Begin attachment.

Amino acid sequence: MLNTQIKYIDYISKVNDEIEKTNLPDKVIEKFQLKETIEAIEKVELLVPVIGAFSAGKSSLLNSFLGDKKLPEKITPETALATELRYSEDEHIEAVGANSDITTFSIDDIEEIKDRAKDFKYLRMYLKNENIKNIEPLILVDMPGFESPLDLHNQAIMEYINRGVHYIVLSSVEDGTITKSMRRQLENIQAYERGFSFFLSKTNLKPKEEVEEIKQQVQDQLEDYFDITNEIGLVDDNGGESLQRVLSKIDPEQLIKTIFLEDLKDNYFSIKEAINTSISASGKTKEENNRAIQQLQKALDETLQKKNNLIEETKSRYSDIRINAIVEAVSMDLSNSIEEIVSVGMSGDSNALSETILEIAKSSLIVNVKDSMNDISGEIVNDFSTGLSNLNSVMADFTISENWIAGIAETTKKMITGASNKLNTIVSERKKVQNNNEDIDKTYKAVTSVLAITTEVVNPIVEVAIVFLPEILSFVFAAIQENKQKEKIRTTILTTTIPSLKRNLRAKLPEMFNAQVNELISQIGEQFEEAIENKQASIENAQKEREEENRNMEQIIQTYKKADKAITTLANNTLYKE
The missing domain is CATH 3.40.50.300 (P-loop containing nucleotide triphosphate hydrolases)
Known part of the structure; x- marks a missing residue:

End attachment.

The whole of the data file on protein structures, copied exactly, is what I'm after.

Amino acid sequence: MLNTQIKYIDYISKVNDEIEKTNLPDKVIEKFQLKETIEAIEKVELLVPVIGAFSAGKSSLLNSFLGDKKLPEKITPETALATELRYSEDEHIEAVGANSDITTFSIDDIEEIKDRAKDFKYLRMYLKNENIKNIEPLILVDMPGFESPLDLHNQAIMEYINRGVHYIVLSSVEDGTITKSMRRQLENIQAYERGFSFFLSKTNLKPKEEVEEIKQQVQDQLEDYFDITNEIGLVDDNGGESLQRVLSKIDPEQLIKTIFLEDLKDNYFSIKEAINTSISASGKTKEENNRAIQQLQKALDETLQKKNNLIEETKSRYSDIRINAIVEAVSMDLSNSIEEIVSVGMSGDSNALSETILEIAKSSLIVNVKDSMNDISGEIVNDFSTGLSNLNSVMADFTISENWIAGIAETTKKMITGASNKLNTIVSERKKVQNNNEDIDKTYKAVTSVLAITTEVVNPIVEVAIVFLPEILSFVFAAIQENKQKEKIRTTILTTTIPSLKRNLRAKLPEMFNAQVNELISQIGEQFEEAIENKQASIENAQKEREEENRNMEQIIQTYKKADKAITTLANNTLYKE
The missing domain is CATH 3.40.50.300 (P-loop containing nucleotide triphosphate hydrolases)
Known part of the structure; x- marks a missing residue: